Two Oregon men were attacked by a wrench-wielding man hurling anti-gay epithets as they walked their pink poodle. Police are looking into whether or not the incident can be considered a hate crime.
Queen Elizabeth has been hospitalized with gastroenteritis, an intestinal inflammation typically caused by a virus. Apparently these commoner viruses do not know the 86-year old is royalty!
Gay and lesbian couples, and the wedding industry, are gearing up for spring and summer ceremonies in Maine.
Former Denver Mayor Wellington Webb sees marriage equality on the horizon. Civil unions, he says, are just the first step.
Lincoln Chafee, the independent governor of Rhode Island, where same-sex marriage recently passed the state House, makes an economic argument for passage: "Without marriage equality in Rhode Island...very desirable employer(s) will consider the difficulties and costs of hiring in Rhode Island against conditions in other Northeastern states. And the company may simply feel it's wrong to deny its gay and lesbian employees a fundamental freedom: the right to marry the person they love in the state they call home."
Could docs have a path toward a potential "HIV cure" for newborns? "A baby born with the AIDS virus appears to have been cured, scientists announced Sunday, describing the case of a child from Mississippi who's now 2½ and has been off medication for about a year with no signs of infection... A doctor gave this baby faster and stronger treatment than is usual, starting a three-drug infusion within 30 hours of birth... That fast action apparently knocked out HIV in the baby's blood before it could form hideouts in the body."
Sequestration and HIV.
"Palestinians Only" buses coming soon to Israel.
Gay Orthodox Jewish group preps for their first seder in Jerusalem.
Obama's second term will continue to see the judiciary undergo long overdue demographic shifts: "Reelected with strong support from women, ethnic minorities and gays, Obama is moving quickly to change the face of the federal judiciary by the end of his second term, setting the stage for another series of drawn-out confrontations with Republicans in Congress."
James Franco admits he teases people about his sexuality, and that questions about it are now a big part of his public persona. "One of the things that's very much part of my public image is the question of my sexuality. It's not something that bothers me in the slightest. It hasn't gone away and I get asked about it from all sides. It's partly my doing and partly not my doing," he tells Attitude.
From a New York Times op-ed called "The Perils of Perfection:" "Barriers and constraints — anything that imposes artificial limits on the human condition — are being destroyed with particular gusto. Superhuman, another mysterious start-up that could enliven any comedy show, promises to offer, as its co-founder recently put it, an unspecified service that 'helps people be superhuman.' Well, at least they had the decency not to call it The Übermensch."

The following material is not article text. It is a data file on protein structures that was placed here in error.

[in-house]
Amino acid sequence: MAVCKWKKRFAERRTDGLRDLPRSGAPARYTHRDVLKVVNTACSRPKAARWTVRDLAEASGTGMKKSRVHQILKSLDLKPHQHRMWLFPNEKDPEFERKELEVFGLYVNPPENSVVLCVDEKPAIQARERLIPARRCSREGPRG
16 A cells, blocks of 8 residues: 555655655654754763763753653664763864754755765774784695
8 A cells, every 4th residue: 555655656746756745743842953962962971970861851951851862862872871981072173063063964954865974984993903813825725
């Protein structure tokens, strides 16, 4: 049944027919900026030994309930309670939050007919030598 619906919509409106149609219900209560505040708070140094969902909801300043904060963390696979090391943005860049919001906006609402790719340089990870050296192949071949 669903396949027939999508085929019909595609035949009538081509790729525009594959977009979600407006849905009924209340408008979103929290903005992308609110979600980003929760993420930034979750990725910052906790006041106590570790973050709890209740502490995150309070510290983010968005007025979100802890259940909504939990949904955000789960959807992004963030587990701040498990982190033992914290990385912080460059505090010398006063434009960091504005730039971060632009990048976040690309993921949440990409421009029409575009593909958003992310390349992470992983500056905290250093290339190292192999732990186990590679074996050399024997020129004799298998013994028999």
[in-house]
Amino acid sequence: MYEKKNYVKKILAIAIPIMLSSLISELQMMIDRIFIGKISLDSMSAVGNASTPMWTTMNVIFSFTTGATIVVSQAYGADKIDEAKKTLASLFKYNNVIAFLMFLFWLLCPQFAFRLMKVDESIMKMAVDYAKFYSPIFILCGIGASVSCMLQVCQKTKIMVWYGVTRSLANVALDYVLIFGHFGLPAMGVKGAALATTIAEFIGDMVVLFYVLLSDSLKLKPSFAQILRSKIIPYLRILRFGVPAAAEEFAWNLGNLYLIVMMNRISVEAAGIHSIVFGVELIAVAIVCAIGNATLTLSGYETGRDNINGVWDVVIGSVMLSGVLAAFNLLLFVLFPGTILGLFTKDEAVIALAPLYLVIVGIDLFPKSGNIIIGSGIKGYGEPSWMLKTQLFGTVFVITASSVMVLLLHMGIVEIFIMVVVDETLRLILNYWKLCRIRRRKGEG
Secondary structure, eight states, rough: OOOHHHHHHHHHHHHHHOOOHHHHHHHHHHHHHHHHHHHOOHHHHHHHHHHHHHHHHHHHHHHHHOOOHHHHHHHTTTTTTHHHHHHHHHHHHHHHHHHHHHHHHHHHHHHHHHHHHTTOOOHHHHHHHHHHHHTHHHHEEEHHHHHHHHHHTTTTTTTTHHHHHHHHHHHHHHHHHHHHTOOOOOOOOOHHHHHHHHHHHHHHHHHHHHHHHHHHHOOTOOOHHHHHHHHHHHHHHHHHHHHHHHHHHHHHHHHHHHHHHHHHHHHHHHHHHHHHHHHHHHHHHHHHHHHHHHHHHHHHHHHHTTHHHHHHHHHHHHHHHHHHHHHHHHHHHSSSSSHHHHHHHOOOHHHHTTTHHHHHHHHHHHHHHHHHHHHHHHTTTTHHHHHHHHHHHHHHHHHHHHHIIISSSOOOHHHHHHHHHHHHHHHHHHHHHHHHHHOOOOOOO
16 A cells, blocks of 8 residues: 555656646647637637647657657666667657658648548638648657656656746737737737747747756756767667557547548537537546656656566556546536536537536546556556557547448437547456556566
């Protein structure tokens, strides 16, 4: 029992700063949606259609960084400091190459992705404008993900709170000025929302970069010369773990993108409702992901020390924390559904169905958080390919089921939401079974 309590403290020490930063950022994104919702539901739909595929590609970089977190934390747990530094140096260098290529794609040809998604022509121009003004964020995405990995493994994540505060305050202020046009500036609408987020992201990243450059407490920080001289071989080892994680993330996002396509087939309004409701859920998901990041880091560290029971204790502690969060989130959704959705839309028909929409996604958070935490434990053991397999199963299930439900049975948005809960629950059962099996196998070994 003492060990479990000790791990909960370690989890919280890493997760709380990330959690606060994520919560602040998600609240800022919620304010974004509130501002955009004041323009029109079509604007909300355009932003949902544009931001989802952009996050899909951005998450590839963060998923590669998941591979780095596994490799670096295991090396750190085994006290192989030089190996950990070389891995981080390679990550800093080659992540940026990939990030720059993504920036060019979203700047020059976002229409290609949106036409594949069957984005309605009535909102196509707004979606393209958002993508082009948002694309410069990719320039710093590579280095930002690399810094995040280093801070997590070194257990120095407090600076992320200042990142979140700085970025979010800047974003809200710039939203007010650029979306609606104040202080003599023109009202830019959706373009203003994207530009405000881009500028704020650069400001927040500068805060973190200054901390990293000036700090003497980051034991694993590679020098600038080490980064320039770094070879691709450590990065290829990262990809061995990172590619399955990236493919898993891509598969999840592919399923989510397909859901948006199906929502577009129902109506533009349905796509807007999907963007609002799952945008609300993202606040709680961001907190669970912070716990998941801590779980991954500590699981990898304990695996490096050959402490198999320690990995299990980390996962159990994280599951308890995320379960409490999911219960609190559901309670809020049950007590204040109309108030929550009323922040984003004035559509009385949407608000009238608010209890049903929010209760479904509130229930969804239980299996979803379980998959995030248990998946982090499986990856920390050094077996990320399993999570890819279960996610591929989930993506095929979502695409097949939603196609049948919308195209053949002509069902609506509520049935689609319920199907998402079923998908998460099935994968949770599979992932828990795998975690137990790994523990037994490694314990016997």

Right wing magazine the National Review blasts CPAC for banning the gay group GOProud and not inviting Chris Christie: "...As friends of CPAC and fellow conservative advocates, we nevertheless regret that CPAC has excluded the gay conservative group GOProud and declined to invite New Jersey governor Chris Christie."
Daft Punk teases a new album.
The best type of reporters are the ravishing kind...
Jack the Giant Slayer topped the weak weekend box office with a meager $28 million.
Posted Mar. 3,2013 at 6:25 PM EST by Andrew Belonsky in AIDS/HIV, Barack Obama, Colorado, CPAC, Crime, Gay Marriage, Israel, James Franco, News, NFL, Oregon, Rhode Island, Sports | Permalink | Comments (10)
Former Scottish Cardinal Keith O'Brien, the outrageously anti-gay crusader who stepped down after being accused of "inappropriate acts" with other priests, admitted today that, yes, he did all of the things he denied only a week ago, including coercing subordinates into sexual situations.
In recent days certain allegations which have been made against me have become public. Initially, their anonymous and non-specific nature led me to contest them.
However, I wish to take this opportunity to admit that there have been times that my sexual conduct has fallen below the standards expected of me as a priest, archbishop and cardinal.
To those I have offended, I apologise and ask forgiveness.
To the Catholic Church and people of Scotland, I also apologise.
I will now spend the rest of my life in retirement. I will play no further part in the public life of the Catholic Church in Scotland.
Considering the amount of time O'Brien spent spreading lies about gay people and fighting LGBT rights, is an apology enough?
Comic fans and creators were on hand at the Emerald City Comicon in Seattle this weekend, and that includes James Robinson, the comic book creator whose work includes the excellent 90s-era Starman and more recent work on the pre-relaunch Justice Society of America and Justice League of America series.
Now that DC has completely retooled its super-powered roster, Robinson's in charge of Green Lantern Alan Scott, aka the Golden Age Green Lantern who was reintroduced as a gay man on a quest to avenge his lovers' death.
Of course Alan Scott was a topic of conversation during Robinson's talk at ECCC this weekend, and Comic Book Resources fills us in on what he had to say, and how Warner Bros, producers of the Green Lantern films, was confused over the structure of the Green Lantern Corp.
Robinson concluded the interview by talking about his current work on "Earth 2," and specifically the motivations behind writing Alan Scott as gay. He lamented the loss of Obsidian, Alan Scott's son, who was a gay character featured in "Justice Society of America."
"There are so few gay characters, I felt like it was a shame to have one of these iconic characters go away. It occurred to me why not make Alan Scott gay, and make him this cool guy?" Robinson said.